Wednesday, October 3, 2012

Preservation Plus, Part 3: Museums By Moonlight

The fourth day of the conference was dedicated to a fun event run by Preservation Buffalo Niagara. Museums by Moonlight, a program PBN has run in the past, was dedicated to highlighting certain parts of the city that people may not have seen (inside the Richardson-Olmsted complex, and the Buffalo State Art Conservation Lab) as well as providing exclusive access to some of the amazing museums Buffalo has to offer.

When mapping out my night, Richardson and the Conservation Lab were the must-sees. I decided to take a route that began at the Forest Ave Resource Center and would end at the Lab, hitting as much in between as possible.

The Forest Ave Resource Center is part of the Buffalo and Erie County Historical Society network of buildings. Located on Forest Ave, the Resource Center's main entrance may seem a little strange; visitors travel through an opening beneath a colossal plaster woman's head, just as visitors to the 1901 Pan Am would have travelled through it to get to a Mirror Maze. 

Instead of a room of mirrors, however, guests are treated to a large exhibit dedicated to the Pan Am, with a small building from the original grounds, as well as a model of the Electric Tower, the dazzling centerpiece of the whole exposition.

The exhibit is a great peek into the past, even when that past is a little uncomfortable. Some of the exhibits are a brutal reminder of how far we've come in the last 100 years.

My next stop was the Richardson-Olmsted Complex, and my initial thought was in the same vein as at the Resource Center, "Over the last 100 years... have people gotten shorter?"

The Richardson-Olmstead Complex, constructed over a period of 20 years between 1870 and 1890, was the product of renowned architect H.H. Richardson and planner Frederick Law Olmsted. "Richardson Romanesque," the style the architect incorporated into many of his designs, including the New York State Capital in Albany, defines the ornate exterior of the building. The inside of the building is absolutely cavernous, as part of the Kirkbride system. Though this design was supposed to engender comfort inpatients, it merely gives the impression that Buffalo was once home to mentally unstable giants.

Though the restoration efforts are continuing, at the moment only portions of the first floor are at the point where visitors can tour the building. The grounds are also being returned to the original Olmstedian planning of the 19th Century.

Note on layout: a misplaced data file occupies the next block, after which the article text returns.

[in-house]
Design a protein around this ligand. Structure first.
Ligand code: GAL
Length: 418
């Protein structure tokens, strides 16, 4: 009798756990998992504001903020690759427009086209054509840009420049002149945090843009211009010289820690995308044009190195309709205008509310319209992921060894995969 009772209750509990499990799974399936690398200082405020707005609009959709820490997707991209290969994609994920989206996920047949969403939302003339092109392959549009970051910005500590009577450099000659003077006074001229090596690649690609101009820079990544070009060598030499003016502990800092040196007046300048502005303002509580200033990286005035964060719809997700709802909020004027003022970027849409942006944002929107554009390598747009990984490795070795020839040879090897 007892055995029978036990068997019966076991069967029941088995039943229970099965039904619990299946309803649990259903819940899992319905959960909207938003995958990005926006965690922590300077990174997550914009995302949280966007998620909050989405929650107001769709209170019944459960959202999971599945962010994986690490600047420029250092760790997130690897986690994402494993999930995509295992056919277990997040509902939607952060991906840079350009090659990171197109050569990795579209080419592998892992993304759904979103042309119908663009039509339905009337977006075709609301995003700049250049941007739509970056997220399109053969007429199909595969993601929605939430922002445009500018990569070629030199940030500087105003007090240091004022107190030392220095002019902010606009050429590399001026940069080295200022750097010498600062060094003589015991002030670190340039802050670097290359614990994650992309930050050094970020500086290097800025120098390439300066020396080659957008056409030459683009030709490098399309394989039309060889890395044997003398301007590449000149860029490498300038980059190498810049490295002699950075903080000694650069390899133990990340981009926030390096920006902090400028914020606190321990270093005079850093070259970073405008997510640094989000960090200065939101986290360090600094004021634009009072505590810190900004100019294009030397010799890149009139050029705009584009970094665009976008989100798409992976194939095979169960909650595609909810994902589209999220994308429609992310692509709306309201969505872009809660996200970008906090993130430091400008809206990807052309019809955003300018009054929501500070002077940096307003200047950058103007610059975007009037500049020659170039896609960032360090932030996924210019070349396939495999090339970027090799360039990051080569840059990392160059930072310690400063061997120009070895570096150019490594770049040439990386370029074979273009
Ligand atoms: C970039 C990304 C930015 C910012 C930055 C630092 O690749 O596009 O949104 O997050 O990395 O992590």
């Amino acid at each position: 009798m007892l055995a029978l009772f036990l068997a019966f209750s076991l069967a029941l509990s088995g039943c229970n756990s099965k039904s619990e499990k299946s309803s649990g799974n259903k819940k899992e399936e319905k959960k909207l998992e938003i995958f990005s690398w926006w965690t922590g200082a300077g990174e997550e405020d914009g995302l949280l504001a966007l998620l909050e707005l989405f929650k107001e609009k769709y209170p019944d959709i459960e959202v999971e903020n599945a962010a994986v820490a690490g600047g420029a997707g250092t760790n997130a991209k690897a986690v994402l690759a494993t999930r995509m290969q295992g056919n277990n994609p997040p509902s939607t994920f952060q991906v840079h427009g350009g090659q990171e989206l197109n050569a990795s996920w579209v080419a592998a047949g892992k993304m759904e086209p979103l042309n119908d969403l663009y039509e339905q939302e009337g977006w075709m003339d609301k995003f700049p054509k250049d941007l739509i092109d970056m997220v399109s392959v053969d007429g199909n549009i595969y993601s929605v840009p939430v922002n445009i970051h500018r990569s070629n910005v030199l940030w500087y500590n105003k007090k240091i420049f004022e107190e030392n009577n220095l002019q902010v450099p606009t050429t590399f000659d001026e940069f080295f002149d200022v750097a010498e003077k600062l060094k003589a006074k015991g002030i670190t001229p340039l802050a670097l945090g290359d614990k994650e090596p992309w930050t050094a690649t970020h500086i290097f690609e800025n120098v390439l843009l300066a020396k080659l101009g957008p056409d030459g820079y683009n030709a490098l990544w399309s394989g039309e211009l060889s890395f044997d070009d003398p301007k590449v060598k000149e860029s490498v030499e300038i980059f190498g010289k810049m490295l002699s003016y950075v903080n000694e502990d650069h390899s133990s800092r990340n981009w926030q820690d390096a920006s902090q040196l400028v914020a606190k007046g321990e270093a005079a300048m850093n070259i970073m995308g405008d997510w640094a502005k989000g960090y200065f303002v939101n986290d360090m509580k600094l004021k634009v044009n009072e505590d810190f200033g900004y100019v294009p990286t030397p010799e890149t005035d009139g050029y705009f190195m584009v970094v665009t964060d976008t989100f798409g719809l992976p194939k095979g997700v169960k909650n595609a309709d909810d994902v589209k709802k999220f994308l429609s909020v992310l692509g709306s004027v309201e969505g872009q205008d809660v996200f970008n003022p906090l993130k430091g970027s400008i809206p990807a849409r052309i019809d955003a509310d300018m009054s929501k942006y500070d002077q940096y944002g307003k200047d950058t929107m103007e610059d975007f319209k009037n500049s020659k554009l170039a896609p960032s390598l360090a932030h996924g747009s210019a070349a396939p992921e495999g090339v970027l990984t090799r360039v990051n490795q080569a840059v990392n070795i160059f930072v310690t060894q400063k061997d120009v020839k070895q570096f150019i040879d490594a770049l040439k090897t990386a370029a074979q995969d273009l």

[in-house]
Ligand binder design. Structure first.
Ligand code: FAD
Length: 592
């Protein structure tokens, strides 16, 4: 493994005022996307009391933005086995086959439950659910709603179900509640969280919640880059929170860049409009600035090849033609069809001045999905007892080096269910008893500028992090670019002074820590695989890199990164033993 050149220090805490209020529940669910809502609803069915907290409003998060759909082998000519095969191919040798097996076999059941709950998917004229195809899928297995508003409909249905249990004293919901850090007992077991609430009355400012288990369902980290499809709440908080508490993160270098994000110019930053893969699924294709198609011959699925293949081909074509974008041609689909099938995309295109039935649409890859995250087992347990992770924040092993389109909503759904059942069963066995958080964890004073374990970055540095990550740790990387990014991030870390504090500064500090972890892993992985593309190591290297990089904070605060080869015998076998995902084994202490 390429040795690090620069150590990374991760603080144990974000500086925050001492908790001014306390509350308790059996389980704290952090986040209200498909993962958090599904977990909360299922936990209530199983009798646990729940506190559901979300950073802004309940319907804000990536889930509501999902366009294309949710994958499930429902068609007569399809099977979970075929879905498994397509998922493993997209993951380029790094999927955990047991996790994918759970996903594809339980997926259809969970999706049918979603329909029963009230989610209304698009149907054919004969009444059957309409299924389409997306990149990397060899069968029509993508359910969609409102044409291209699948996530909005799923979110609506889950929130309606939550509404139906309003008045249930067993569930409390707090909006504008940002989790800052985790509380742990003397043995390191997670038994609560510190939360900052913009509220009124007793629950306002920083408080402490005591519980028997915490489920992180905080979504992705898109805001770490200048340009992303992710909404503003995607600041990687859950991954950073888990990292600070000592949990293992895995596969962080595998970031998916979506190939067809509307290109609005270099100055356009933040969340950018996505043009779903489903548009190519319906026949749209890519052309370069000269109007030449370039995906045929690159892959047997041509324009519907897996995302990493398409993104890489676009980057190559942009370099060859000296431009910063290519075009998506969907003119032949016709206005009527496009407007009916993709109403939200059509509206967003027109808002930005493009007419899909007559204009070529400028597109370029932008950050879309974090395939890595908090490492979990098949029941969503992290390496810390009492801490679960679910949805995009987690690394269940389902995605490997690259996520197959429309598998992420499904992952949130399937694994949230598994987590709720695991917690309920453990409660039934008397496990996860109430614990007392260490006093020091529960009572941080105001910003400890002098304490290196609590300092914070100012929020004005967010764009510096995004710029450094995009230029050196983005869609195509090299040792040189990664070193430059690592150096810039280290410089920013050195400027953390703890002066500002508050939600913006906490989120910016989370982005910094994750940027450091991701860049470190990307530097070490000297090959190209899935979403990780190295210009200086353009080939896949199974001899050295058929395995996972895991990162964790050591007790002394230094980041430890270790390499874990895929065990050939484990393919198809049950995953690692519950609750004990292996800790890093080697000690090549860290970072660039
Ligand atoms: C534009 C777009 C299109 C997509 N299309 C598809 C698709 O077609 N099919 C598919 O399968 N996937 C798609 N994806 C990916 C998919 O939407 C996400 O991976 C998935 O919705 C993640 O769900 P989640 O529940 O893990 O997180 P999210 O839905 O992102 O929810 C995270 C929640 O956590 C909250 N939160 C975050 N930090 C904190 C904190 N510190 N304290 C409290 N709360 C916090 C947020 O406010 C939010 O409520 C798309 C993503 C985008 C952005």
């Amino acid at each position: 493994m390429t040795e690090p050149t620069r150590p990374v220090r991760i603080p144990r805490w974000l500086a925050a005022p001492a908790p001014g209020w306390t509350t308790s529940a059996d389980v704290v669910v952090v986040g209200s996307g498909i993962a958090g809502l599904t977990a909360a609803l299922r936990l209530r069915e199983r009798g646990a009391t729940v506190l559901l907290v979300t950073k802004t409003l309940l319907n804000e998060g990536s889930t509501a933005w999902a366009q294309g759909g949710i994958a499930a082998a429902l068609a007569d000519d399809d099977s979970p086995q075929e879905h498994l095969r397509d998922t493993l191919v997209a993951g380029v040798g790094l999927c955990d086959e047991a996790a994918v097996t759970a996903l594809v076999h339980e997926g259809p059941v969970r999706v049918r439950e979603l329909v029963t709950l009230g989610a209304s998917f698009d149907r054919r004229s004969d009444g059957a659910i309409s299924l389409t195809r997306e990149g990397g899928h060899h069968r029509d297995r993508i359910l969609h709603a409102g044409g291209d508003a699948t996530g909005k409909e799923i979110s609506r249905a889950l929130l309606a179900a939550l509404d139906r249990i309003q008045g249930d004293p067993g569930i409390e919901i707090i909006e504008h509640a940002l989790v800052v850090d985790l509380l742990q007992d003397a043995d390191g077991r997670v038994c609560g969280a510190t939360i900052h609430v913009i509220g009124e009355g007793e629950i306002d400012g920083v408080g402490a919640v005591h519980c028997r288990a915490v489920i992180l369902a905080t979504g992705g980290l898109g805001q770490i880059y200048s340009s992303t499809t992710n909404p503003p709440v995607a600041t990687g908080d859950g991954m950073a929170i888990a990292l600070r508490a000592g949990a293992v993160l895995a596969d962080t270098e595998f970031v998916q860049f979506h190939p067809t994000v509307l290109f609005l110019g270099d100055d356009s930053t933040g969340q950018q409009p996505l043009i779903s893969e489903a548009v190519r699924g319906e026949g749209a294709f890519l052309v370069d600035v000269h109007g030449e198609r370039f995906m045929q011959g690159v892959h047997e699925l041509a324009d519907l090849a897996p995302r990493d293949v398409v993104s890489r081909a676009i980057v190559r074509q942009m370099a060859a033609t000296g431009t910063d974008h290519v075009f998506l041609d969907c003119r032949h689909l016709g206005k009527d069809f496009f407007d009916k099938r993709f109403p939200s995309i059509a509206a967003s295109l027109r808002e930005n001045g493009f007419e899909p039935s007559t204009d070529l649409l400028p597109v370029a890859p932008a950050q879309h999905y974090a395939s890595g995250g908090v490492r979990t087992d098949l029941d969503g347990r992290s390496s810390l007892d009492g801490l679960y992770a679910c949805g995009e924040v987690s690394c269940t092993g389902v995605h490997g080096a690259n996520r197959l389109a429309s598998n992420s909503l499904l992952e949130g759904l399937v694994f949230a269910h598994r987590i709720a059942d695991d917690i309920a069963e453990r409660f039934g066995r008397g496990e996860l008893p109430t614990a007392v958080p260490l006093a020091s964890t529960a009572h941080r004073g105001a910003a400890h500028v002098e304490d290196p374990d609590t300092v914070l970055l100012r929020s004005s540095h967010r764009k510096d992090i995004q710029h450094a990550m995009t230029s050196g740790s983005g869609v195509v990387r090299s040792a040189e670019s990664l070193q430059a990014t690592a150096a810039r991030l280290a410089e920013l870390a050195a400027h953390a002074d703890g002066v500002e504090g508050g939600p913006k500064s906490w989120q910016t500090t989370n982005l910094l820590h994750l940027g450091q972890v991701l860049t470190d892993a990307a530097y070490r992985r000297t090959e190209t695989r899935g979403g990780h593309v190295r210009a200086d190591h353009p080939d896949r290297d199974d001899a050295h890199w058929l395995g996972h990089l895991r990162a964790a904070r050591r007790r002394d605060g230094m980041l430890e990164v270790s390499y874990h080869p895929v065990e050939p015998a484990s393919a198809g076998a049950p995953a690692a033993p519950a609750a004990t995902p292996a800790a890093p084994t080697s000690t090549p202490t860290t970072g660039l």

The Burchfield-Penny is open to the public daily, with multiple exhibits, including rotating works of the museum's namesake, the works of James Vulo at the moment, and two featured artists as well. Currently, the works of Buffalo native Spain Rodriguez are on display, and his dark and graphic comics touch on topics of poverty, sex, violence, and revolution. Additionally, McCallum Tarry's exhibit "Intersections" combines video, sculpture, and a unique portraiture series designed to make you look and focus on the faces of protesters arrested in Montgomery, Alabama between 1955-56.

If you are interested in looking at these exhibits, the Burchfield Penny Museum features a free admission day on the second Friday of every month. If one day of free art is not enough however, you should also check out the Albright Knox's event occurring this Friday, October 5th, and every first Friday in subsequent months.

My last stop for the night was the Buffalo State Art Conservation Lab. The Art Conservation program at Buffalo State is one of the most renowned at the school, and the facilities in the lab are visible proof of this, featuring state of the art imaging equipment, as well as large well-stocked classrooms. One of the classrooms, where experimental conservation techniques are practiced, looked more like the office of an alchemist than an art student.

The program has several concentrations, including paper and painting repair, but the orangutan being repaired for the Science Museum convinced me that, if I were to consider a change in career path, objects would be the route for me.

For those interested in the program, be sure to check out the "Admission Requirements" on the "Apply" page: the Conservation Lab accepts only 10 students a year, and is incredible selective when it comes to their applicants. One student mentioned how she had worked over the previous eight years preparing for the program, and a member of the tour I was on noted that a friend of his, who was now in his 40s, had been applying to get in for over a decade.

The Museums by Moonlight tour was another great program by Preservation Buffalo Niagara to highlight some of the wonderful gems in Buffalo, as well as a great addition to the Preservation Plus conference. Many forms of preservation were present in the event; preserving history at the Resource Center, preserving architecture at Richardson, preserving culture at the Burchfield Penny, and preserving the art and artifacts that fill all of these places at the Conservation Lab.

Be sure to check out PBN's Buffalo Tours page for other great events that show off how much else Buffalo has to offer.

(This is part of a four-series about Preservation Plus: Part 1, Part 2)

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